Low doc and non-conforming loans
If you work for yourself or you don’t quite fit normal borrowing criteria, never fear! There can still be options for buying a place of your own.
We don’t live in a cookie cutter world, and if you’re self-employed or your circumstances are a bit out of the ordinary, it can still be possible to buy a home using a low doc or non-forming loan.
Here’s what’s involved.
Low doc loans
Low doc loans are pitched at self-employed people, who may not be able to stump up the traditional proof of income like regular payslips that many lenders require.
If you have all your financial records up to date, applying for a home loan when you’re self-employed doesn’t have to be considerably different from any other home loan application. Lenders will often want to see your last one to two years of personal and business tax returns and income tax assessments. That’s because your declared taxable income, not gross turnover, will be used to determine your borrowing capacity.
However, you may not have time to complete your latest tax return or other records, and that’s where a low doc loan can help. It can be a way of buying a home even when you don’t have up to date records available to show a lender.
You will still need to provide some paperwork. The requirements differ between lenders but as a general rule, you’ll be asked to provide things like:
- Your Australian Business Number (ABN),
- Evidence you’ve been self-employed in the same industry for at least 12 months,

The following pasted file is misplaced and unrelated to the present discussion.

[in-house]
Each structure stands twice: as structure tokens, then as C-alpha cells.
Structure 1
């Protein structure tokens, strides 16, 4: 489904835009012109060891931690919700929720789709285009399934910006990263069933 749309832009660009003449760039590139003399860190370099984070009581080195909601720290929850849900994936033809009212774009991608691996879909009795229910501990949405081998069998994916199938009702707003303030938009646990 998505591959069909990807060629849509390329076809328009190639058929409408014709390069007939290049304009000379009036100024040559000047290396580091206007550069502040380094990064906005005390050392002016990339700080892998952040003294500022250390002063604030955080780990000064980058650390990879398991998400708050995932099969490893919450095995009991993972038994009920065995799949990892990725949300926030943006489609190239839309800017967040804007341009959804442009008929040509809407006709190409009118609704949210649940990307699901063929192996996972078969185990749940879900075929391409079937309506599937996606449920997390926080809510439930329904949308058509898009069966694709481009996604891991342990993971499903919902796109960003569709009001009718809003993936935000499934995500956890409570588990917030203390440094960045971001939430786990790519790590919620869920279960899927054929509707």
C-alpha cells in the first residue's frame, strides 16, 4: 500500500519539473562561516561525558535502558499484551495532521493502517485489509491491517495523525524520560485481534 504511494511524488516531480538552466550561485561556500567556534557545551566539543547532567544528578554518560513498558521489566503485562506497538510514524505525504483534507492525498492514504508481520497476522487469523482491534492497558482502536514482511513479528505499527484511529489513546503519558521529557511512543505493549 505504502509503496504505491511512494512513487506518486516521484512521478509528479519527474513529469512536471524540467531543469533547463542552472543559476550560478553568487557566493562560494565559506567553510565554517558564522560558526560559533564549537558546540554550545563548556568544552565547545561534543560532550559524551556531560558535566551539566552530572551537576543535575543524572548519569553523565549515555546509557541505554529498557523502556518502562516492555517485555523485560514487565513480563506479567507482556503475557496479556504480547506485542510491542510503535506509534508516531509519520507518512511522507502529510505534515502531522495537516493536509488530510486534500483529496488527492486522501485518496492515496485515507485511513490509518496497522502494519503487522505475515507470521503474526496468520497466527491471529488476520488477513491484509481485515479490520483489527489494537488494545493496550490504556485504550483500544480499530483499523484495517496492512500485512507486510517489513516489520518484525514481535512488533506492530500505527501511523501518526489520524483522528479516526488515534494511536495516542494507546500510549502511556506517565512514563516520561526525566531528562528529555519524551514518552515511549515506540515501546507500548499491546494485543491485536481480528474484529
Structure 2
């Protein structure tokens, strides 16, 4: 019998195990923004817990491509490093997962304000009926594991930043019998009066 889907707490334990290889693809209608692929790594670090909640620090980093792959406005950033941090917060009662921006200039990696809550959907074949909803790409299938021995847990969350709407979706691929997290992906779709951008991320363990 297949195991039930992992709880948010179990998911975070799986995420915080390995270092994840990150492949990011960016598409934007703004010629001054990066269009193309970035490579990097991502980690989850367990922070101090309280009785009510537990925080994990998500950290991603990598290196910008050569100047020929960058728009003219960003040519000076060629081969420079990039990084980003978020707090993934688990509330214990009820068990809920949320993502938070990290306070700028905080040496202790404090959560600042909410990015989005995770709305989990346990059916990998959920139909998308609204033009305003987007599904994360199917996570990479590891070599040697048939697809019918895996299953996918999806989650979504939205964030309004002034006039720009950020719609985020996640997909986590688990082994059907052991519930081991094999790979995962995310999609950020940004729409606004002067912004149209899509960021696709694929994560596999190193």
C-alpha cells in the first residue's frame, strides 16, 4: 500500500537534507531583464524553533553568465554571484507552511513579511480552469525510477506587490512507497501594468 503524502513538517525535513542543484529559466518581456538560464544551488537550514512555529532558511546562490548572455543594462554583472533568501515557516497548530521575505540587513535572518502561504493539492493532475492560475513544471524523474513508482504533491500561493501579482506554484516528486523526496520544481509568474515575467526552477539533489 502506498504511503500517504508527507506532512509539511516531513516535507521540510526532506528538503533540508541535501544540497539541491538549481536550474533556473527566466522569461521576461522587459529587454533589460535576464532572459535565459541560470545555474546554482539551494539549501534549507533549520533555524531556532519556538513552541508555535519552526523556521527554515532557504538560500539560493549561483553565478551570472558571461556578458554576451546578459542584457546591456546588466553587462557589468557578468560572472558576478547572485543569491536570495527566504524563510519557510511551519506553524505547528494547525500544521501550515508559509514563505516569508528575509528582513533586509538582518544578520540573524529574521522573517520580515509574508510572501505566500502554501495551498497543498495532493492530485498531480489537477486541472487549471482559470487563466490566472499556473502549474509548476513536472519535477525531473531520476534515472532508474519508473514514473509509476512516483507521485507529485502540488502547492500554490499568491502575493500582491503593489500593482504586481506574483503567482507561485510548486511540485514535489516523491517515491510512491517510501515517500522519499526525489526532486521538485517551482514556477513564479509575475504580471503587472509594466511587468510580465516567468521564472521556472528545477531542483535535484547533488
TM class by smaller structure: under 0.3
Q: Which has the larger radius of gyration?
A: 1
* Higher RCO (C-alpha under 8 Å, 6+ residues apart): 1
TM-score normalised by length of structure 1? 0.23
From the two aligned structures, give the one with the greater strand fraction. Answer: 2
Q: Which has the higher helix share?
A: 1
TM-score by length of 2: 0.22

- Your latest Business Activity Statements (BAS) verified by the Australian Tax Office (ATO), and
- Several months’ worth of bank account statements.
The downsides of low doc loans
Without traditional proof of income, a low doc loan can come with some drawbacks. Again this varies widely, but you may have to provide a larger deposit. Be prepared to shop around too – lenders can see these loans as higher risk, and the interest rates and fees may be higher than for regular mortgages.
Non-conforming home loans
The term “non-conforming” simply means home loans that are suitable for people who don’t fit a lender’s standard criteria.
This can include people who:
- Have a tarnished credit record,
- A record of bankruptcy,
- Are new migrants to Australia with no local credit record.
The interest rate you pay on a non-conforming loan is often determined by your circumstances and past credit record. Bottom line though, you could be asked to pay a much higher rate than for a normal mortgage.
On the plus side, if you can keep up the loan repayments and build some equity in your home, you may be eligible for a lower rate with the same lender, or be able to refinance to a cheaper home loan further down the track.
The upshot is that even if lenders see you as a round peg in a square hole, it can still be possible to secure a loan for your first home! Chatting to a broker can help you understand what your options are.
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- Chapter One : Getting started
- Chapter Two : Your Dream Home
- Chapter Three : Money Matters
- Chapter Four : Ways to Purchase
- Chapter Five : Understanding Interest Rates
- Chapter Six : Understanding Home Loans
- Chapter Seven : Lending Sources
- Chapter Eight : Getting Your loan
- Chapter Nine : Choosing a Home
- Chapter Ten : Steps to Settlement